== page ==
Cookies help us deliver our Services. By using our Services, you agree to our use of cookies. Learn More.

The Best Coming Of Age Series That Only Lasted One Season, According To Fans

When it comes to television, the coming-of-age genre remains a storytelling mecca, rife with opportunities to explore poignant themes that endure in their relatability. On social media, teen shows like "Euphoria" dominate the contemporary cultural conversation, riveting viewers with the dramas of adolescent life (via Variety). Whether it's the campy darkness of "Riverdale" or the charming awkwardness of Netflix's "Never Have I Ever," stories about surviving the travails of youth appear to resonate with viewers, no matter their age. When discussing this phenomenon on Reddit in relation to books, u/peachvelvet noted, "[C]oming of age stories are often about transformation and finding your identity. Since life isn't exactly linear, these are themes that I'm assuming would continue to be relatable and relevant even well after your early 20s."

Look no further than the surge of '90s nostalgia, which has both unearthed and revived in new forms some fan-favorite series like "Saved by the Bell," "Beverly Hills, 90210," and "The Fresh Prince of Bel-Air." While story arcs have certainly evolved over time, the love and passion for the genre of teenage angst are arguably ironclad; fans aren't going anywhere. Of course, when determining the gold standard of such a popular category, fierce debates inevitably arise.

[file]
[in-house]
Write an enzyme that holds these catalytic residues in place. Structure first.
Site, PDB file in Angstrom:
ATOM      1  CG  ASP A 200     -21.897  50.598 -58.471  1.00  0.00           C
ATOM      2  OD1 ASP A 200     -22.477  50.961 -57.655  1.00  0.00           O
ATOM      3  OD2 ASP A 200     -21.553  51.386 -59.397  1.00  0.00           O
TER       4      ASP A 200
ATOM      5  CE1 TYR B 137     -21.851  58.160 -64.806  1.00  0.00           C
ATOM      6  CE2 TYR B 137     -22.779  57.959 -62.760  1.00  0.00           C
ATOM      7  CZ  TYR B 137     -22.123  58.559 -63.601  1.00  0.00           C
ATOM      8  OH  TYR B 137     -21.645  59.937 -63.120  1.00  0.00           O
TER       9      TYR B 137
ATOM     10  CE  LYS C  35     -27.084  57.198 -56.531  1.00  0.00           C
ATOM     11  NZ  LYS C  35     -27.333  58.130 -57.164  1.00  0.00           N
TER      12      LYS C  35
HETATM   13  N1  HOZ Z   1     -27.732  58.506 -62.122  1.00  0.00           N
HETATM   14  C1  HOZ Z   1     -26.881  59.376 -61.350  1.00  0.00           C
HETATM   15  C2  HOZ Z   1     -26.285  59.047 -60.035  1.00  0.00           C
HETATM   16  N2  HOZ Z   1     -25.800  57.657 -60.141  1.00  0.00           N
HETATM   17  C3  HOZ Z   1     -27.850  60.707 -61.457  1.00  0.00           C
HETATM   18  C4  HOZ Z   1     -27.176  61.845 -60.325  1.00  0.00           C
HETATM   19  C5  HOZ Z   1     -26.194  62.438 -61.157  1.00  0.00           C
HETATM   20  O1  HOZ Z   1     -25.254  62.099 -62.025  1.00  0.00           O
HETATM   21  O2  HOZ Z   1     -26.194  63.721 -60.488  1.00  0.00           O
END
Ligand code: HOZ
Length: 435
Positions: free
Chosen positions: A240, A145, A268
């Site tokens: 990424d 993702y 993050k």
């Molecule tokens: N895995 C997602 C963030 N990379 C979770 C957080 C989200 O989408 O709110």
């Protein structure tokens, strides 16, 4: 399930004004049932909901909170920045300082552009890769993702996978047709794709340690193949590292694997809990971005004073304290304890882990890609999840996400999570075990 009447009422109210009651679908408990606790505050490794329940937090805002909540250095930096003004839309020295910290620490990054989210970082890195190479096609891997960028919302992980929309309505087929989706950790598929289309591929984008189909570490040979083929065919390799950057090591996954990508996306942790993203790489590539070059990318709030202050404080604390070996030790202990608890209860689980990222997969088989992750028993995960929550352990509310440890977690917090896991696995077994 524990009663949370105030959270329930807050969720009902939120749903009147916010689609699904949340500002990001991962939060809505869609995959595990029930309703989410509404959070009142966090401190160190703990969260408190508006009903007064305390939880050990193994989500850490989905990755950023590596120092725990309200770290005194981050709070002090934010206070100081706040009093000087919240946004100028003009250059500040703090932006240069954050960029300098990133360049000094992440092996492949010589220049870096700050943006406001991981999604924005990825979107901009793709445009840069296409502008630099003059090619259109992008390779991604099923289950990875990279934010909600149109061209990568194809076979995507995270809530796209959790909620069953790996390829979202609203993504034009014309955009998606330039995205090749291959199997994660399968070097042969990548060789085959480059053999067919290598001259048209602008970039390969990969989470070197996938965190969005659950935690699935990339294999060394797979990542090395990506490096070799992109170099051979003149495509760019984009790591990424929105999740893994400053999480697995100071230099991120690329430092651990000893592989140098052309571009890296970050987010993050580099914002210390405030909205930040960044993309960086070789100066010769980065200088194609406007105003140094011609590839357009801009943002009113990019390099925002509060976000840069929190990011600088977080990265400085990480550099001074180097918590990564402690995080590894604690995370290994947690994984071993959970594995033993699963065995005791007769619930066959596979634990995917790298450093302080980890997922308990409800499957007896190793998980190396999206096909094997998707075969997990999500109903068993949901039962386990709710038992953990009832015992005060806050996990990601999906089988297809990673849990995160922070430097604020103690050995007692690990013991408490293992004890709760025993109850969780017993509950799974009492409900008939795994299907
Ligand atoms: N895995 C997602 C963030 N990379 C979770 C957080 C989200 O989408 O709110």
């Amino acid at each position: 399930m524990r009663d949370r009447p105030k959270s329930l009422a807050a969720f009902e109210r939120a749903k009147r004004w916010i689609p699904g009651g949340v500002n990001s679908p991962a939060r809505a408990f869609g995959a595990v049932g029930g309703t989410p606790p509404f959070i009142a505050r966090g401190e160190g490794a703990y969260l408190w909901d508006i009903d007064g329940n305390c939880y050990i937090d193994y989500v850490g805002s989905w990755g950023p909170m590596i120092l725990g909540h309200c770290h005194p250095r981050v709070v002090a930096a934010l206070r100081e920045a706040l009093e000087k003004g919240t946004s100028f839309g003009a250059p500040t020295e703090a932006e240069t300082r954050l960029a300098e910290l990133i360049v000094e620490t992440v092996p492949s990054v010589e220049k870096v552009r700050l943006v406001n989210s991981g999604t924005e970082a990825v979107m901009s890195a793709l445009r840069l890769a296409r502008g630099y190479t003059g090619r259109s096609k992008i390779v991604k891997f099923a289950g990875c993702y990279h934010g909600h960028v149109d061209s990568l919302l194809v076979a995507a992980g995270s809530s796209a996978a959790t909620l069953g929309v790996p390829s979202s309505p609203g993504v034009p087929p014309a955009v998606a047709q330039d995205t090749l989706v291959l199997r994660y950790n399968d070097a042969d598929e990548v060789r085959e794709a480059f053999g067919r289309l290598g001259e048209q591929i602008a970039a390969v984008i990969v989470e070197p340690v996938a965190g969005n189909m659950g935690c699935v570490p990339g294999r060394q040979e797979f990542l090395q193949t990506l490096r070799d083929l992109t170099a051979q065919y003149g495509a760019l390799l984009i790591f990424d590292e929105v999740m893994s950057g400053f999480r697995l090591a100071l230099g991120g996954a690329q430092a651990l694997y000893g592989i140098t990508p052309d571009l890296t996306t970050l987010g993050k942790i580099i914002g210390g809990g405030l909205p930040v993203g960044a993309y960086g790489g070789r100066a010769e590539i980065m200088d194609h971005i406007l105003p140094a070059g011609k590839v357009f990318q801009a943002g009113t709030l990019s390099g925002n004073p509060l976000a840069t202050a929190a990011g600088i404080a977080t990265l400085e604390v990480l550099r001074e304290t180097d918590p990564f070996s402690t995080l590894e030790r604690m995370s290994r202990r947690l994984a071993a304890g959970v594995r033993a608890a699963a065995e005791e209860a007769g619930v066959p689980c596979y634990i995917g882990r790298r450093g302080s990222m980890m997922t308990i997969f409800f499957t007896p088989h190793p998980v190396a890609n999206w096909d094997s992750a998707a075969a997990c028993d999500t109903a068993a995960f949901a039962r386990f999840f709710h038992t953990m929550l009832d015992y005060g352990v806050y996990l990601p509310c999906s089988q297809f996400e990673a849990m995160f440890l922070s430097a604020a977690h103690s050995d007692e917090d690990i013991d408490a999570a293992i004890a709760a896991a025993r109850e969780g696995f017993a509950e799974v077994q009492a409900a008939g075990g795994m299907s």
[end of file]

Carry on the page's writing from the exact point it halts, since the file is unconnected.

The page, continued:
However, one show consistently appears to outrank many other beloved programs, often cropping up in "best-of" lists despite its short-lived screen time. Continue reading below to discover which late '90s-early '00s series is a favorite among fans — even though it only lasted one season.

Freaks and Geeks remains an iconic and beloved coming-of-age series

Time and time again, "Freaks and Geeks" is heralded by fans as a coming-of-age series unsurpassed in its charming, low-key genius (via The Washington Post). Debuting in 1999, the show follows the Weir siblings — Lindsay (Linda Cardellini) and Sam (John Francis Daley) — as they confront the difficulties of high school. While Lindsay joins a group of proud rebels, Sam finds solace with his quirky childhood best friends. The thoughtful, sympathetic storytelling deepens the emotional beats of the show, depicting how growing up can be unbearably hard and confusing. It also doesn't hurt that this series comes from creator Paul Feig and executive producer Judd Apatow — two creative minds known for reeling in audiences with relatable dramedy.

As Esquire articulated in 2021, "From Gen X to Gen Z (and those beyond and in-between), 'Freaks and Geeks' has continued to resonate because it's unlike any other high school show in its honesty. It's the anti-teen trope teen show, and though that very fact led to its cancellation in 2000, it's the reason so many continue to love it today." On Reddit, fans also listed "Freaks and Geeks" as the best one-season show of all time. U/captain_nofun emphasized, "This is the true answer. That show was so good and had so much potential for more."

Meanwhile, on the Rotten Tomatoes page for "Freaks and Geeks" Season 1, user John U. declared, "This is the best TV show I have seen in my life," and user Peter F. wrote in part, "Perhaps the most endearing, well-aged, and paramount tv series to be cancelled after only one season, 'Freaks and Geeks' truly is more a sensation to watch than ever." No matter how much time has passed, fans remain invested in the lives of the characters in "Freaks and Geeks," probably because, at the end of the day, they seem like allies and friends.